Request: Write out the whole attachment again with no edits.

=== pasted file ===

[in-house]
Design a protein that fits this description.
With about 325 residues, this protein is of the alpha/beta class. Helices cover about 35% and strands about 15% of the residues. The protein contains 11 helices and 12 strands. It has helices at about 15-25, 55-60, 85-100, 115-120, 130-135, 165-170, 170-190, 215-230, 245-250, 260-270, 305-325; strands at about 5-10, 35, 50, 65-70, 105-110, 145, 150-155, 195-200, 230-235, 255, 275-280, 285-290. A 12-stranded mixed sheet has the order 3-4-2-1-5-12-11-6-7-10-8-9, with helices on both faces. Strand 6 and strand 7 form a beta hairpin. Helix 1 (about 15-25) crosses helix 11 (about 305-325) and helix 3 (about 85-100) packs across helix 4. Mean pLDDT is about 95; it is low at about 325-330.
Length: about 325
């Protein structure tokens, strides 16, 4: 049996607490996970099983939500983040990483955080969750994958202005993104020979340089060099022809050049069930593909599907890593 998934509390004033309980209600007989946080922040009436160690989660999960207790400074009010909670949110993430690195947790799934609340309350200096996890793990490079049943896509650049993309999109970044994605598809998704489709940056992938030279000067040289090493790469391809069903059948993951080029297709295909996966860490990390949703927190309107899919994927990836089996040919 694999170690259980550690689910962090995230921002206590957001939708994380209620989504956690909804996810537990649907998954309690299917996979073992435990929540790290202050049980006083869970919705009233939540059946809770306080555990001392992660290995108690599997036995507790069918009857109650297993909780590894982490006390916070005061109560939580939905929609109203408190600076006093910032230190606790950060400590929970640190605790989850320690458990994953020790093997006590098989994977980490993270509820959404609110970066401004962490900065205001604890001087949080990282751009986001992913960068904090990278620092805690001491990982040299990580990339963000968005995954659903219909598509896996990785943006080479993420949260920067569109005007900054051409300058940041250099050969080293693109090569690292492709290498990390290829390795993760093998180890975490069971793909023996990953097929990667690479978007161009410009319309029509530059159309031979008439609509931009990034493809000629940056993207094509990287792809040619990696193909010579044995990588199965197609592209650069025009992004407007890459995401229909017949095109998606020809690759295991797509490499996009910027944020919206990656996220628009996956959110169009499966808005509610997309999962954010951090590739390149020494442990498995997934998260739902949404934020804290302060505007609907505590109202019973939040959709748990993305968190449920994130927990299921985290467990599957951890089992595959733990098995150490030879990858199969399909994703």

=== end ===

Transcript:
[in-house]
Design a protein that fits this description.
With about 325 residues, this protein is of the alpha/beta class. Helices cover about 35% and strands about 15% of the residues. The protein contains 11 helices and 12 strands. It has helices at about 15-25, 55-60, 85-100, 115-120, 130-135, 165-170, 170-190, 215-230, 245-250, 260-270, 305-325; strands at about 5-10, 35, 50, 65-70, 105-110, 145, 150-155, 195-200, 230-235, 255, 275-280, 285-290. A 12-stranded mixed sheet has the order 3-4-2-1-5-12-11-6-7-10-8-9, with helices on both faces. Strand 6 and strand 7 form a beta hairpin. Helix 1 (about 15-25) crosses helix 11 (about 305-325) and helix 3 (about 85-100) packs across helix 4. Mean pLDDT is about 95; it is low at about 325-330.
Length: about 325
């Protein structure tokens, strides 16, 4: 049996607490996970099983939500983040990483955080969750994958202005993104020979340089060099022809050049069930593909599907890593 998934509390004033309980209600007989946080922040009436160690989660999960207790400074009010909670949110993430690195947790799934609340309350200096996890793990490079049943896509650049993309999109970044994605598809998704489709940056992938030279000067040289090493790469391809069903059948993951080029297709295909996966860490990390949703927190309107899919994927990836089996040919 694999170690259980550690689910962090995230921002206590957001939708994380209620989504956690909804996810537990649907998954309690299917996979073992435990929540790290202050049980006083869970919705009233939540059946809770306080555990001392992660290995108690599997036995507790069918009857109650297993909780590894982490006390916070005061109560939580939905929609109203408190600076006093910032230190606790950060400590929970640190605790989850320690458990994953020790093997006590098989994977980490993270509820959404609110970066401004962490900065205001604890001087949080990282751009986001992913960068904090990278620092805690001491990982040299990580990339963000968005995954659903219909598509896996990785943006080479993420949260920067569109005007900054051409300058940041250099050969080293693109090569690292492709290498990390290829390795993760093998180890975490069971793909023996990953097929990667690479978007161009410009319309029509530059159309031979008439609509931009990034493809000629940056993207094509990287792809040619990696193909010579044995990588199965197609592209650069025009992004407007890459995401229909017949095109998606020809690759295991797509490499996009910027944020919206990656996220628009996956959110169009499966808005509610997309999962954010951090590739390149020494442990498995997934998260739902949404934020804290302060505007609907505590109202019973939040959709748990993305968190449920994130927990299921985290467990599957951890089992595959733990098995150490030879990858199969399909994703």